USDA: BSE risk may be higher in Northwest

May 11, 2005 (CIDRAP News) – The Pacific Northwest could have a higher risk of bovine spongiform encephalopathy (BSE) than the rest of the country because of past cattle imports from western Canada, where all four BSE cases in North America originated, the US Department of Agriculture (USDA) reported recently.

That assessment is one of the findings in a USDA report on the causes and implications of the four BSE (mad cow disease) cases and on Canada's epidemiologic investigation of them. The 27-page report was released Apr 29.

The report says that 29 cattle from the "birth cohorts" of the four BSE-infected cattle were shipped to the United States, and a total of about 18,000 Alberta cattle were sent to the United States in 1997 and 1998, the period when the four cattle were calves and probably contracted BSE by eating contaminated feed.

"Some of the data suggest that the Northwest region of the United States could be considered within a broadly defined movement area that could be at higher risk of exposure to BSE," the report states.

"While this region has historically imported a substantial number of cattle from western Canada, and a small portion of high-risk meat and bone meal was shipped to the area, the U.S. feed ban and other mitigations have effectively minimized the risk of transmission or amplification of the BSE agent."

North America's first BSE case in a native-born animal was identified in an Alberta cow in May 2003. The following December, the first American BSE case was found in a cow that had been imported into Washington state from Alberta. Two more cases were found in Alberta in January 2005.

The first Canadian BSE case prompted the United States to ban imports of all Canadian cattle and beef products. The border was later reopened to meat from younger cattle, but live cattle and meat from older cattle are still banned.

Shortly after the last two BSE cases surfaced, the USDA sent two technical teams to study the epidemiology of all four cases as well as Canada's ban on feeding ruminant animal protein to ruminants (cud-chewing animals such as cattle, sheep, goats, and deer).

In a USDA news release about the report, John Clifford, deputy administrator of the Animal and Plant Health Inspection Service, said, "Our technical team has completed its review and found that Canada's epidemiological efforts were not only appropriate but exceeded levels recommended by an international team of BSE experts. Canada's animal identification program allowed for a successful, comprehensive epidemiological investigation."

Because cattle contract BSE by eating feed containing protein from infected animals, both the United States and Canada banned the use of ruminant protein in feed for ruminants in 1997. The report says the four infected cows were all born between Oct 5, 1996, and Mar 21, 1997—either before or shortly after the feed ban took effect. The team concluded that all four cows contracted BSE by eating contaminated feed early in their lives.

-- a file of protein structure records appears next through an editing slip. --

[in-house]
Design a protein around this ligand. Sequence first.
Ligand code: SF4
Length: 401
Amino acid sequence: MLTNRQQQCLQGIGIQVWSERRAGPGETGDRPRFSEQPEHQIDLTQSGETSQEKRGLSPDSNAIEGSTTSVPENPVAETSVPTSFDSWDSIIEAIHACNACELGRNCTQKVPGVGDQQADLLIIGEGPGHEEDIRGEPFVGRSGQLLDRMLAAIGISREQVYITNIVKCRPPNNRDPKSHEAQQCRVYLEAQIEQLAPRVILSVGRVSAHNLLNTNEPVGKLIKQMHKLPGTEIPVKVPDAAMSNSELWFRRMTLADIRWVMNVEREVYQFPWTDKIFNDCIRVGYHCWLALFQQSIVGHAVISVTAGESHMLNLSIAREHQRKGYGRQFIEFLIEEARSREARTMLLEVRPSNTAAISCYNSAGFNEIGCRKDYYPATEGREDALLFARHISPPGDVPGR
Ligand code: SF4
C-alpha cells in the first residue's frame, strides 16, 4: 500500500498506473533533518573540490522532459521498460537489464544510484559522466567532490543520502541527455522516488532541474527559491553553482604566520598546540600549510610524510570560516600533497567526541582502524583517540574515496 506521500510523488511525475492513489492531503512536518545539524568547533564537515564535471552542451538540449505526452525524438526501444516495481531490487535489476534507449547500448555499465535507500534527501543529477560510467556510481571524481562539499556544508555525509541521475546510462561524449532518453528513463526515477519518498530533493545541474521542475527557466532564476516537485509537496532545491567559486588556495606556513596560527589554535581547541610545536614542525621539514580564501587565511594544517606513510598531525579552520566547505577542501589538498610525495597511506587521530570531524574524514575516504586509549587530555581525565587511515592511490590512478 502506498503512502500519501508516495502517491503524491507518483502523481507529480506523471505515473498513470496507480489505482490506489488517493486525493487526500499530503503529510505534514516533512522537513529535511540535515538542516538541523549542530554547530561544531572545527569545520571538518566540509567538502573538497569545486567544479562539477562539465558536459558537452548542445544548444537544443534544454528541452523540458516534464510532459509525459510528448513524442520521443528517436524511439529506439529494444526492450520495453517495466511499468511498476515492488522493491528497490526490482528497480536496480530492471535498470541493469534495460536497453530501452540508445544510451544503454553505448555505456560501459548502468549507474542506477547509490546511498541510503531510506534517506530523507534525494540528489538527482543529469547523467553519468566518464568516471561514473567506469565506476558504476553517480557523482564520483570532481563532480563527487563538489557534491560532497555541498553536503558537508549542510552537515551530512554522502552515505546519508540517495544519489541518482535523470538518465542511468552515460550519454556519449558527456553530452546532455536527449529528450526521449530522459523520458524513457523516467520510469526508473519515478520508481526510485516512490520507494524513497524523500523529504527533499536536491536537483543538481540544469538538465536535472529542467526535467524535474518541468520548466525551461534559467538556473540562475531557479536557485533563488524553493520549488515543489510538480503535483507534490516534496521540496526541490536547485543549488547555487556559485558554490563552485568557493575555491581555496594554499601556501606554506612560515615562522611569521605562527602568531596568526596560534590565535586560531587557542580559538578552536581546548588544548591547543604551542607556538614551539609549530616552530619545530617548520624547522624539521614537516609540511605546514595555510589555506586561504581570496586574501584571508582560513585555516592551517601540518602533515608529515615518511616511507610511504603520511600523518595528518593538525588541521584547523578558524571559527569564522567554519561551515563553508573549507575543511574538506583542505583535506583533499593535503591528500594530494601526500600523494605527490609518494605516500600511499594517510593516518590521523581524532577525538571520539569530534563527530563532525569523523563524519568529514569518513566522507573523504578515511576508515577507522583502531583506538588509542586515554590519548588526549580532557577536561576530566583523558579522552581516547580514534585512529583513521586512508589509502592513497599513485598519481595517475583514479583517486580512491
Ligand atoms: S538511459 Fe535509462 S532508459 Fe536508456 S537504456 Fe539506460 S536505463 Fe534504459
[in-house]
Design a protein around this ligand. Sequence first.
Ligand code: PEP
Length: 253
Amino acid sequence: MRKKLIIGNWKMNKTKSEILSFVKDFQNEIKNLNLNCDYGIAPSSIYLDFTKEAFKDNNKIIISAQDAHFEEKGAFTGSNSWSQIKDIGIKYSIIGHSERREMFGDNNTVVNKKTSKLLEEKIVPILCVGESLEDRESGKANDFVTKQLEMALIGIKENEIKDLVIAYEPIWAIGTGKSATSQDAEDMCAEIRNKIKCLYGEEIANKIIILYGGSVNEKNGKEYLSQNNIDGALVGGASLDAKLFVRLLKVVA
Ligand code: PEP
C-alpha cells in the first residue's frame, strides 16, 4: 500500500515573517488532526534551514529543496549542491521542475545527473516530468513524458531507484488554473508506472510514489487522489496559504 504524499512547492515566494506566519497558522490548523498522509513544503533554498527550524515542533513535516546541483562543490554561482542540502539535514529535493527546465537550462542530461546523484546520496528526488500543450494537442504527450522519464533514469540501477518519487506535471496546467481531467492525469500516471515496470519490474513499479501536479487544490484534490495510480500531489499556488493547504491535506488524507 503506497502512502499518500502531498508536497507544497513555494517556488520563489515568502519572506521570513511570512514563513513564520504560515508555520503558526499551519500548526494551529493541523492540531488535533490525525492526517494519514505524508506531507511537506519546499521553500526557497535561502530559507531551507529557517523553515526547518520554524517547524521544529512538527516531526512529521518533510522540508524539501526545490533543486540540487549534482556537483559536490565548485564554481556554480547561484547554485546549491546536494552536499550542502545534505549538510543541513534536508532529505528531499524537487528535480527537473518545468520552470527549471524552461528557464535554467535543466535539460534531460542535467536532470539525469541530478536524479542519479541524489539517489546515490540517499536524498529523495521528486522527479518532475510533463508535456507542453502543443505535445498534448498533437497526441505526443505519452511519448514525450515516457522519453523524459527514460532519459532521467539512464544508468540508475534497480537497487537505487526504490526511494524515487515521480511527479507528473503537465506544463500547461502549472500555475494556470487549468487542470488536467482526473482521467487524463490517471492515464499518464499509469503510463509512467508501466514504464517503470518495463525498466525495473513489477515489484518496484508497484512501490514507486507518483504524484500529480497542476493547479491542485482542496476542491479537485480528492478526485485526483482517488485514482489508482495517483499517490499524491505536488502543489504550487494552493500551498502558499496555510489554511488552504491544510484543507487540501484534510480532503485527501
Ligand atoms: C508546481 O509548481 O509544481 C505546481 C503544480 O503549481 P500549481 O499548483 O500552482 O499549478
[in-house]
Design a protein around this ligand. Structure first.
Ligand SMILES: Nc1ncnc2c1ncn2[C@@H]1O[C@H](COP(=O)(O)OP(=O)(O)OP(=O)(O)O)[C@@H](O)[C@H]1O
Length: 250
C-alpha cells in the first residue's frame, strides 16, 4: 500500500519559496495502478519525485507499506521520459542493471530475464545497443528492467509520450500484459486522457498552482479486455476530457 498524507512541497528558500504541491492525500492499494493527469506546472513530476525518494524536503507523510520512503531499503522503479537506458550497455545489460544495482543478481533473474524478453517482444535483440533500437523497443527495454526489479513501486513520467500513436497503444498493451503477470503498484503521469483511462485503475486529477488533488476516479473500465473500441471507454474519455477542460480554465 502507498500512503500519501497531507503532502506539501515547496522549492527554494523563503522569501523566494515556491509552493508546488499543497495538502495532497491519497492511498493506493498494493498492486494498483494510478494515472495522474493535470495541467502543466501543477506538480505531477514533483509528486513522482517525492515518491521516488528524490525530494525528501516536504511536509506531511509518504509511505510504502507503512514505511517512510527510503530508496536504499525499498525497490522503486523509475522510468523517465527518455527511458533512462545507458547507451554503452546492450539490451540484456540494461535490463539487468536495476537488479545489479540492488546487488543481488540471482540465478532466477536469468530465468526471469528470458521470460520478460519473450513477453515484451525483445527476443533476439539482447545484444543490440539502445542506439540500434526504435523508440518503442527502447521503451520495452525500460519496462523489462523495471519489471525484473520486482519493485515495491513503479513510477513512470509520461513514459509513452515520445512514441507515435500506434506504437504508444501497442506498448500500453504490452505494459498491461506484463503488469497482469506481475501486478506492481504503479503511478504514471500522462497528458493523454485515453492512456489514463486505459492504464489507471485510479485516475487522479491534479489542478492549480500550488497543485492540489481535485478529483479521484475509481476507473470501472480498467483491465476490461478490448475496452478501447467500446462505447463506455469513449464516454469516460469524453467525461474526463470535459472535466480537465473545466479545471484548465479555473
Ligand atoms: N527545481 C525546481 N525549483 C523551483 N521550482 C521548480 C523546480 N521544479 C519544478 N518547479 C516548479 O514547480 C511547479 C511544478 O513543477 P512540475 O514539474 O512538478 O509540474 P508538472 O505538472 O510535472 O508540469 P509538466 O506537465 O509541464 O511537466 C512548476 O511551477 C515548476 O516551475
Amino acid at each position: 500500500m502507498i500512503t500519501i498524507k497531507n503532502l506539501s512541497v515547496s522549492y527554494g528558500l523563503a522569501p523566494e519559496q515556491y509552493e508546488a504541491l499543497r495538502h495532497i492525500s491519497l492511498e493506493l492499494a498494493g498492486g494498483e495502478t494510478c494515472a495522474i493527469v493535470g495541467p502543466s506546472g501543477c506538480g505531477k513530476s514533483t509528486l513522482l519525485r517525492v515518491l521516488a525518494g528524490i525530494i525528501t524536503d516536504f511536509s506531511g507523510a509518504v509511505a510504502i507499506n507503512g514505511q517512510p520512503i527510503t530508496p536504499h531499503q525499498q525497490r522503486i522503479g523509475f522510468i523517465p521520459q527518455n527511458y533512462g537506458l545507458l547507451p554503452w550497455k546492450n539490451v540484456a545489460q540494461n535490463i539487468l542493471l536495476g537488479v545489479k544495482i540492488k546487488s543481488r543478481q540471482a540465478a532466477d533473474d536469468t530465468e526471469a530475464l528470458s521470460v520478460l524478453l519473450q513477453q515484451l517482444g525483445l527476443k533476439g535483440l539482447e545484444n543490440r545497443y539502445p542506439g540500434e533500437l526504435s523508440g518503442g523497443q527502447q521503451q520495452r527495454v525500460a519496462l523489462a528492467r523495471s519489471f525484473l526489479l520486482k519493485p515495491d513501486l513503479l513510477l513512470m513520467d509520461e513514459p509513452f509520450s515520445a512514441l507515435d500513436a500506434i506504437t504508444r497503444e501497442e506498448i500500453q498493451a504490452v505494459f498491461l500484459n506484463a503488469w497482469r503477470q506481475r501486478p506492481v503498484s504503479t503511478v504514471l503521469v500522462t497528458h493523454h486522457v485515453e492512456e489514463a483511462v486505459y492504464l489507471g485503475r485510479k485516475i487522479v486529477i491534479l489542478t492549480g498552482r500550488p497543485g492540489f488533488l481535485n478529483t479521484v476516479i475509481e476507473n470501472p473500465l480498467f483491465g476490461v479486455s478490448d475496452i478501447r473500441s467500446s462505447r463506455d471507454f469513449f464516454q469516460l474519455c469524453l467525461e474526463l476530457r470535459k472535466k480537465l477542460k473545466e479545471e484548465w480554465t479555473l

Although the investigators didn't find a single source of potentially contaminated feed connecting all four cases, they did find strong evidence that three of the cows ate feed containing meat-and-bone meal (MBM) that one Alberta rendering plant shipped to local feed mills on Feb 28, 1997. The MBM would have been produced before the feed ban took effect.

"This MBM source similarity is extremely difficult to dismiss or ignore," the report says.

The fourth cow was not clearly connected to MBM from the same renderer, but a link couldn't be ruled out, the report says. All four cases occurred within a 280-mile-wide area of north-central Alberta. The one previous BSE case in North America—discovered in 1993 in a cow imported from the United Kingdom, where BSE was widespread—was in the same area.

In tracing the birth cohorts of the four infected cows, investigators identified a total of 853 cattle that came from the same herds of origin and were born within a year before or after an infected cow. Most of those had already been slaughtered or were euthanized. Of 29 cattle that were believed to have been shipped to the United States, 18 were found and were either euthanized or confirmed to have been slaughtered, USDA says.

About 18,000 cattle were shipped into the United States from "the Alberta region" in 1997 and 1998. These cattle "could represent another group of higher risk animals," in the view of the Canadian Food Inspection Agency (CFIA), the report states. However, an age-distribution model for US cattle suggests that fewer than 3% (540) of them remain in US herds now.

Canadian investigators also determined that the Alberta renderer that linked three of the BSE cases shipped two loads of MBM to the United States in February 1997. US investigators traced this material further and found that none had been made into cattle feed; most of it was exported to Asia, and the rest was used in poultry feed.

The view that the northwestern United States may have an increased risk is based on the CFIA's analysis of the flow of cattle and feed materials within Canada and from Canada to the United States before the BSE cases, the report explains.

The report also says that BSE probably was introduced into Canada by cattle imported from the United Kingdom early in the British epidemic, between 1986 and 1988.

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